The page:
As you can guess from the description above, GDPR puts a lot of pressure on the agency that is implementing the website for the end-client. Especially as the implementing agency will have to help their clients, who are using the extensive marketing and e-shop functionality, to be compliant. On the other hand, Kentico as the solution provider is in a really good situation as the legislation has no impact on us in this case.
Roles and Kentico Cloud
Now, let's analyze the same relationship, but this time for Kentico Cloud:
- A website built on Kentico Cloud is accessed by visitors, again making them Data Subjects
- A website built on Kentico Cloud is owned by an end-client who decides what data is going to be tracked and how and that makes them the Data Controller
- The website is developed and continuously updated by the development agency therefore making it a Data Processor
- The website is hosted in a data center owned by the development agency (the agency is the Data Processor) or a third party (the hosting provider is the Data Processor)
- Kentico Cloud a is service provided to end-clients as a SaaS hosted in third-party data centers making Kentico the Data Processor
- And, moreover, Kentico runs the service and determines what personal data, why and how is going to be processed for the purposes of internal subscription management making Kentico the Data Controller
Now in this case, the situation is slightly different as Kentico shares Data Controller and Data Processor roles together with the development agency. Therefore, Kentico will have new responsibilities as it now has a fully-fledged role in this legal relationship and will have to follow the rules of the legislation.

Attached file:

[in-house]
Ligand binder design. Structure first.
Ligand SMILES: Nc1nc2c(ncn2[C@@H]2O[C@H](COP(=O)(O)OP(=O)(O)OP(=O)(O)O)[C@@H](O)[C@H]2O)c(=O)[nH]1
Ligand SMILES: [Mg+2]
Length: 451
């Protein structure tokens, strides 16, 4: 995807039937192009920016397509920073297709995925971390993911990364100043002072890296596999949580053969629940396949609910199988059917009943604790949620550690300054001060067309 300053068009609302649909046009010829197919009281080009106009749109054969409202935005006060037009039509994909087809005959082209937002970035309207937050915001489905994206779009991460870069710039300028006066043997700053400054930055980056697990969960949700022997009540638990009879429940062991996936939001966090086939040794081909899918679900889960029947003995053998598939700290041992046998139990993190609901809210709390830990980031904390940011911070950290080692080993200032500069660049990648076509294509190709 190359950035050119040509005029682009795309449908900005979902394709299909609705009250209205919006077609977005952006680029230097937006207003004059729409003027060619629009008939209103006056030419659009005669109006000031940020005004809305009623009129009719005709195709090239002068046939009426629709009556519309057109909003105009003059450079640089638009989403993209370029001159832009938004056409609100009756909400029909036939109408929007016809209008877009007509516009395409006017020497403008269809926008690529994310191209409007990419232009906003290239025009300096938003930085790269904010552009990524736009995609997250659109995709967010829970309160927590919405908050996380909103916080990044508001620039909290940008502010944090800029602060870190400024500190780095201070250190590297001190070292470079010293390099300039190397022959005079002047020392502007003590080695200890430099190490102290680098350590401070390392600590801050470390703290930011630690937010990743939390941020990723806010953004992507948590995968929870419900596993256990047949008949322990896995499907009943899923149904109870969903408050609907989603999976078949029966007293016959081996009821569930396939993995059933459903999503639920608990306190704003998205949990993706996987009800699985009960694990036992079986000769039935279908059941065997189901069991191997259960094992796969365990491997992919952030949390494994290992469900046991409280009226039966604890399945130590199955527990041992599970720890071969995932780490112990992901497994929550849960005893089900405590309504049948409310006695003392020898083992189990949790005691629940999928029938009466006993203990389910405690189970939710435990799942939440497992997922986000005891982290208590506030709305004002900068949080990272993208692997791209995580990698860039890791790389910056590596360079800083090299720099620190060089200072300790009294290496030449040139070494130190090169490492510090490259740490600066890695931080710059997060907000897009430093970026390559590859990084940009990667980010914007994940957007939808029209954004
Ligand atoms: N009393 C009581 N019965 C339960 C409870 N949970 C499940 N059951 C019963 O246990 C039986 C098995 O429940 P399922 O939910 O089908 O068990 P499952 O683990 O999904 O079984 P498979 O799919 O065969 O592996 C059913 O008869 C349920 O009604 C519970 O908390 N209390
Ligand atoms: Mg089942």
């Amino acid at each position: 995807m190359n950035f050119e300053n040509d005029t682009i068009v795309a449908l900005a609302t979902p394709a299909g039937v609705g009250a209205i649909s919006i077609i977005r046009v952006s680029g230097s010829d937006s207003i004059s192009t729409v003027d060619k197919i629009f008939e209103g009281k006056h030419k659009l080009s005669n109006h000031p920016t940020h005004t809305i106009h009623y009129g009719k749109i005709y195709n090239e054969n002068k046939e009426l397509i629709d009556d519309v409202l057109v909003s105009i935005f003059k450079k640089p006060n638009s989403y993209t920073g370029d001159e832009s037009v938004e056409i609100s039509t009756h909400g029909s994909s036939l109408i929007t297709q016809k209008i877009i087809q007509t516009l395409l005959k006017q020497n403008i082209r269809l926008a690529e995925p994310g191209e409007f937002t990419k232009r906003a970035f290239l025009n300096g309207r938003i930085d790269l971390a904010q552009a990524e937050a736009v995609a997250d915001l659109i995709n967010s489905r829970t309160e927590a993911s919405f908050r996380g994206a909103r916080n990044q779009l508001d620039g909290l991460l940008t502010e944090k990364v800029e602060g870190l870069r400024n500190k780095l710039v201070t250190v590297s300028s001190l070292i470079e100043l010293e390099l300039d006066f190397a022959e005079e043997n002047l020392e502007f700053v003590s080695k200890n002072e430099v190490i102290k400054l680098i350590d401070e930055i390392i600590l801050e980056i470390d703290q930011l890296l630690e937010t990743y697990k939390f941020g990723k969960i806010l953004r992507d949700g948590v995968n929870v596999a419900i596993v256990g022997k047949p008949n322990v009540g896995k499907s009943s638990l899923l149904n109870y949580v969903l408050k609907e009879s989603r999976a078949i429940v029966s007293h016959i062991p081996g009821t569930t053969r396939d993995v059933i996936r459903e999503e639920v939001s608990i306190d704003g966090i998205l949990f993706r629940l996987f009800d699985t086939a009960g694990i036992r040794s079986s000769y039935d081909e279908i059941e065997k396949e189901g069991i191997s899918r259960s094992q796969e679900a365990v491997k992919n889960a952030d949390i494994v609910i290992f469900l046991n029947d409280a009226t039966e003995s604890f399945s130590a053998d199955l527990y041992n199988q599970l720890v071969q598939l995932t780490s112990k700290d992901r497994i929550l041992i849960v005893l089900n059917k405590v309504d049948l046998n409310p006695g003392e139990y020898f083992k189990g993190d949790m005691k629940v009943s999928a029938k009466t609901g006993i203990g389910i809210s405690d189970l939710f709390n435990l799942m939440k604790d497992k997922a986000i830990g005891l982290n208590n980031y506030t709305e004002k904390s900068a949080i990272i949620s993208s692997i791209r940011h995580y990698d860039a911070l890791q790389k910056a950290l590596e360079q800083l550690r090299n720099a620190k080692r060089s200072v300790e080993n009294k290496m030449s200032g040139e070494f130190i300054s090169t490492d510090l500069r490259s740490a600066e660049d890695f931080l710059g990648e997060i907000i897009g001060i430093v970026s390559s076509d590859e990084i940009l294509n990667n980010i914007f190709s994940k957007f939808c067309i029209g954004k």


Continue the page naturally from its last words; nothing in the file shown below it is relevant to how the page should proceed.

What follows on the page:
Please note that the two mentioned examples are not the only settings of the relationship we have with our clients and partners. There are many others that shape the final responsibilities (e.g., a different hosting provider, another technology partner, etc.). Therefore, you should always try to identify all the involved parties and their mutual connections.
I hope this example helped you understand how important is to understand your role as a vendor in the relationship with your clients and what impact a new legislation such as GDPR can have on this relationship. Understanding the roles is really crucial for the audit that is then going to help you identify the minimal requirements you will have to meet in order to be compliant with the legislation. And that's why I stressed the importance of the analysis and the audit in my previous article—after all, the identification of involved parties and their roles that I showed you is one of the outcomes of the analysis.